PCJCCI suggested measures for Climate Change
The Pakistan-China Joint Chamber of Commerce and Industry (PCJCCI) Wednesday called for taking effective measures to cope with the climatic challenges.
Sharing his views on climate change in a meeting held here at PCJCCI Secretariat on Wednesday, the join chamber’s President Moazzam Ghurki said that despite contributing less than one percent of global emissions, Pakistan was among the top 10 countries most affected by the climatic impacts in the past two decades. He added that Pakistan’s agriculture-based economy was sensitive to climate-related shocks, and disasters could exacerbate the water security challenges.
PCJCCI President said that according to the official post-disaster needs assessment (PDMA) 2022, the damages and losses were USD 14.9 billion and USD 15.3 billion respectively, with roughly 33 million people affected, of which 8 million were displaced. Preliminary estimates suggested that as a direct consequence of these floods, the national poverty rate could jump to 4.0 percent, pushing up to 9 million people into poverty last year. This time our country is at risk of Extremely Severe Cyclonic Storm (ESCS), “Biparjoy” which can badly affect major areas of Sindh and Balochistan.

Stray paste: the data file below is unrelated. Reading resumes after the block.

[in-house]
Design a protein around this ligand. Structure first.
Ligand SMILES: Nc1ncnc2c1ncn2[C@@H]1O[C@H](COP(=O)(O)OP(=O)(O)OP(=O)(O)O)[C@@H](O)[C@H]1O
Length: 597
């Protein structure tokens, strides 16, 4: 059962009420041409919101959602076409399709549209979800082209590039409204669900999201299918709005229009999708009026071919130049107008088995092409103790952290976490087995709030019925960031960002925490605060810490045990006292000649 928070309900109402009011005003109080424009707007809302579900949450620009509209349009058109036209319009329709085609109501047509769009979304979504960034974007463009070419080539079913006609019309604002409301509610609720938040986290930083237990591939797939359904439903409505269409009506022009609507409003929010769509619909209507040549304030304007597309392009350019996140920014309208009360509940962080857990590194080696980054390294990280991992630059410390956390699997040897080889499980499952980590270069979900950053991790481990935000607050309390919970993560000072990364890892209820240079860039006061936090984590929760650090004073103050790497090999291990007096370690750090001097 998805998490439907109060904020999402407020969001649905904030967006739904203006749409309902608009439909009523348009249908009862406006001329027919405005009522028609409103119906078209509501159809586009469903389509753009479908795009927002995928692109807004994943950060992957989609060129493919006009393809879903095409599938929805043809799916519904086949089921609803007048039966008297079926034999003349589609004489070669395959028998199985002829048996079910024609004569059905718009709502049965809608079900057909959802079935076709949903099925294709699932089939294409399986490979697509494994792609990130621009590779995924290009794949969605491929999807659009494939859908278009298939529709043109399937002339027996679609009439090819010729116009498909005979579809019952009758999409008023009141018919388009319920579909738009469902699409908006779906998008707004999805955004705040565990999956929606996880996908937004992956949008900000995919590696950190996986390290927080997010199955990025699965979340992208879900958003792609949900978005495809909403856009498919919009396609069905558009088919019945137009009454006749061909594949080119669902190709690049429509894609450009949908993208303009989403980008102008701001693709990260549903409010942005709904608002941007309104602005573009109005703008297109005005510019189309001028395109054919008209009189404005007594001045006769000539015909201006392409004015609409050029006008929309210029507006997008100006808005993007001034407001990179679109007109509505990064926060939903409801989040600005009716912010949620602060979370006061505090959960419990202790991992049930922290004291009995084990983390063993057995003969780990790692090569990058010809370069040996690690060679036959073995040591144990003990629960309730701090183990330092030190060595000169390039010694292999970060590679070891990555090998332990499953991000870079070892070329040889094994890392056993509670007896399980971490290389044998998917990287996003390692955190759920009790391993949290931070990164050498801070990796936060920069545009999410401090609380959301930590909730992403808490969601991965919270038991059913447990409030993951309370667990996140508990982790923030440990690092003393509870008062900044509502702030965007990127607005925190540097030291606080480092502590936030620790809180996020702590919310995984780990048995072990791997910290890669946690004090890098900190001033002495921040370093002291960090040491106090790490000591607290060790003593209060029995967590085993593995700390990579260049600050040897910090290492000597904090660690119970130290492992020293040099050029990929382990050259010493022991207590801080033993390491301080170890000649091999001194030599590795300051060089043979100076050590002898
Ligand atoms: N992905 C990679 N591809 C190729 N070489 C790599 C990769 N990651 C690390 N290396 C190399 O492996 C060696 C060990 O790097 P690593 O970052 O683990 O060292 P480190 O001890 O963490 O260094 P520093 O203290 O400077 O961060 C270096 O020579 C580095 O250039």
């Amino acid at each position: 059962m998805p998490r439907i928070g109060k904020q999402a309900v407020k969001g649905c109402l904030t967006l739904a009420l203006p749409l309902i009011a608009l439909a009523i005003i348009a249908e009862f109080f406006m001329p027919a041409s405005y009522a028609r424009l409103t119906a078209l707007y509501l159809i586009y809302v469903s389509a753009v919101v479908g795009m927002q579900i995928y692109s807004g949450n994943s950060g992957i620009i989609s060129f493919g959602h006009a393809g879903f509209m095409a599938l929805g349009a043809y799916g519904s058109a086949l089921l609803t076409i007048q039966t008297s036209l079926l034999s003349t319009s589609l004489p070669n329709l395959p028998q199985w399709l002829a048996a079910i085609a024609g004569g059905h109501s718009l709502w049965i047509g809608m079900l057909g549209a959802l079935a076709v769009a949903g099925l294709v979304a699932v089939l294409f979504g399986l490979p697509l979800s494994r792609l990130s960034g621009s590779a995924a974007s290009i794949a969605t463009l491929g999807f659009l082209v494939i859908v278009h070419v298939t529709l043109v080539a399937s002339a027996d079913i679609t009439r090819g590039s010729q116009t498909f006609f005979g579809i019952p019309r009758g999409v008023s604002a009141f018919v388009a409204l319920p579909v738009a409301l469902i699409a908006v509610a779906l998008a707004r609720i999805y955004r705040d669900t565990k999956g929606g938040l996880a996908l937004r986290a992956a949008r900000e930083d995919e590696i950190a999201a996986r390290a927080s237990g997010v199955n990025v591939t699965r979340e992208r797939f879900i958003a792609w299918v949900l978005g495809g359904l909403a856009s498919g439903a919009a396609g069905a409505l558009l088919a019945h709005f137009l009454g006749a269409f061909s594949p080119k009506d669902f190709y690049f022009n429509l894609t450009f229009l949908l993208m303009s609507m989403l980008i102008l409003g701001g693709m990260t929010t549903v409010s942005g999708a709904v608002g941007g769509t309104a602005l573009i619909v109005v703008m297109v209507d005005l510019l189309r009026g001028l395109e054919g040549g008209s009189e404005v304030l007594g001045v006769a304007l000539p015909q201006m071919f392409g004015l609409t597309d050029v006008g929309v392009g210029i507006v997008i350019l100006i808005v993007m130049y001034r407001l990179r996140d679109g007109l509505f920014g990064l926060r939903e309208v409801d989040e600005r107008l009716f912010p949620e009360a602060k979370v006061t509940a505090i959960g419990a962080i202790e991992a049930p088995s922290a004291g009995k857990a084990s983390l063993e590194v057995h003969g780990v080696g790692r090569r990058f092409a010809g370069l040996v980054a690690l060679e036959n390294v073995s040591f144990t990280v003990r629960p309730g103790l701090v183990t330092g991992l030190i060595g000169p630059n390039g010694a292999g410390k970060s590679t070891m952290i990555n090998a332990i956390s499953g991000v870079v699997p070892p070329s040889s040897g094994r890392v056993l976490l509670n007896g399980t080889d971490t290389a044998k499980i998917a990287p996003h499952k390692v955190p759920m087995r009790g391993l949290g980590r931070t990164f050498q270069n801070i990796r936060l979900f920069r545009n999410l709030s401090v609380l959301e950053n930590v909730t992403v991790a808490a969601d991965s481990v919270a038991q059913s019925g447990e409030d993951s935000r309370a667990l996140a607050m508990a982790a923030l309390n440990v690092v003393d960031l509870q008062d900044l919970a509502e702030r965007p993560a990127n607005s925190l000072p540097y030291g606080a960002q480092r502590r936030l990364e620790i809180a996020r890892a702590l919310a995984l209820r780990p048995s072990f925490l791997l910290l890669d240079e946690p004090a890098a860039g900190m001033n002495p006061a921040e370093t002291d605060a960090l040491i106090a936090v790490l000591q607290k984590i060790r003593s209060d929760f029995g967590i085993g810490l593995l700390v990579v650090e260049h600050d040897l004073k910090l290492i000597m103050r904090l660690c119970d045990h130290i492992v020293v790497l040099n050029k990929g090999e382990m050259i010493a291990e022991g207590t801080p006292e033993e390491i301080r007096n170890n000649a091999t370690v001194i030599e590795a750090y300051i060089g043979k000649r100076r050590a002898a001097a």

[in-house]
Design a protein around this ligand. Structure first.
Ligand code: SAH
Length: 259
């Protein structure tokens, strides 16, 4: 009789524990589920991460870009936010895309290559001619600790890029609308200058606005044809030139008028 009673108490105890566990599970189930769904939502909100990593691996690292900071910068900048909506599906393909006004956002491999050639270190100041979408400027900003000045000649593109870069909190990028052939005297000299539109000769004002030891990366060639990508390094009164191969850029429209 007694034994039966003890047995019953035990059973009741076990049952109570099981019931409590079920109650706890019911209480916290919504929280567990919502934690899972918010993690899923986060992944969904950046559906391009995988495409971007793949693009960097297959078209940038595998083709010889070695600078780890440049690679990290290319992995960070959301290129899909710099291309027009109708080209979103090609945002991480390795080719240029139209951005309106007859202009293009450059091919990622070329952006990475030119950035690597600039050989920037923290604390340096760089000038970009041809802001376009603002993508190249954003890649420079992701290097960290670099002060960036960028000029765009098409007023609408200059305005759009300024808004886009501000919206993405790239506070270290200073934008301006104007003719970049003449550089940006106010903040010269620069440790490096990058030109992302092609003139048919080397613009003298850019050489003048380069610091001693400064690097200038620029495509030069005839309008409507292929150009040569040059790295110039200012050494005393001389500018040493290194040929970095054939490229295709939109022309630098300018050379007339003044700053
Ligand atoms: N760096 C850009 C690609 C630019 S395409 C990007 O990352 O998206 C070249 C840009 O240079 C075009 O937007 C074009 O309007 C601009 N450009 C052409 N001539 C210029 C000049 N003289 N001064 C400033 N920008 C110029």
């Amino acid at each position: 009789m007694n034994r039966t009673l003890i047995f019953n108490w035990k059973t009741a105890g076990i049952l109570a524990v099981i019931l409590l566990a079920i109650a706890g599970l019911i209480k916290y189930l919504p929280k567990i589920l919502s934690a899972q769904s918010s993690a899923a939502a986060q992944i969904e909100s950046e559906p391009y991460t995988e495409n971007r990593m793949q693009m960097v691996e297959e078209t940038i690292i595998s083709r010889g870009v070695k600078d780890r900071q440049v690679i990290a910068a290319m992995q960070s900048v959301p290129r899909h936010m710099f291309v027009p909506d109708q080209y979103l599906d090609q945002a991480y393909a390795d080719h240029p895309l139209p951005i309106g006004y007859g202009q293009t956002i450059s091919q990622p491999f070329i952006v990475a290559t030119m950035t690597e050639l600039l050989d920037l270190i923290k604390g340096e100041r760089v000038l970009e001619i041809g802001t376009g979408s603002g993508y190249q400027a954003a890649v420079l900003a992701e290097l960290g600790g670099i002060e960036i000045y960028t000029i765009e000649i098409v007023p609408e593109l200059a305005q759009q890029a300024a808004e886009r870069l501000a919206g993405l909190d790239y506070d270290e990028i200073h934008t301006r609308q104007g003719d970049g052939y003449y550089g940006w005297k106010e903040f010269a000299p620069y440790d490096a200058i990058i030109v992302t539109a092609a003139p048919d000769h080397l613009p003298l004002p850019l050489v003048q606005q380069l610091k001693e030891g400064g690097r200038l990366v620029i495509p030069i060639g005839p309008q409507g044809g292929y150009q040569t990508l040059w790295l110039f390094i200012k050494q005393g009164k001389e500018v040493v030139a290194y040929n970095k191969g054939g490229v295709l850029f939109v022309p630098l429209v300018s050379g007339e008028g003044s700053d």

Fang Yulong, Senior Vice President PCJCCI said that Pakistan was one of the most water-stressed countries in the world.
Only 36 percent of Pakistanis have access to safely managed drinking water, down from 38 percent in 2004. Fundamentally, Pakistan’s vulnerability to climate change was deeply linked with its socio-economic challenges and governance. Domestic institutions at all levels still follow a response-centric approach to disaster management, and disaster risk management (DRM) was not integrated with the planning and development process, namely, development initiatives often end up increasing risk rather than decreasing it � causing maladaptation. There was a dire need to implement and establish a proper system and plan to fight with such catastrophic situations.
Hamza Khalid, Vice President PCJCCI told that many of the critical infrastructures, including hospitals, major roads and power, were badly affected during the 2022 floods because it was located in high-risk areas without appropriate safeguard measures. Moreover, this situation was exacerbated by limited hydro-meteorological measurement and research. He also added that making cities more sustainable through the adoption of nature-based solutions and green infrastructure in an urban setting was something that we should learn from China.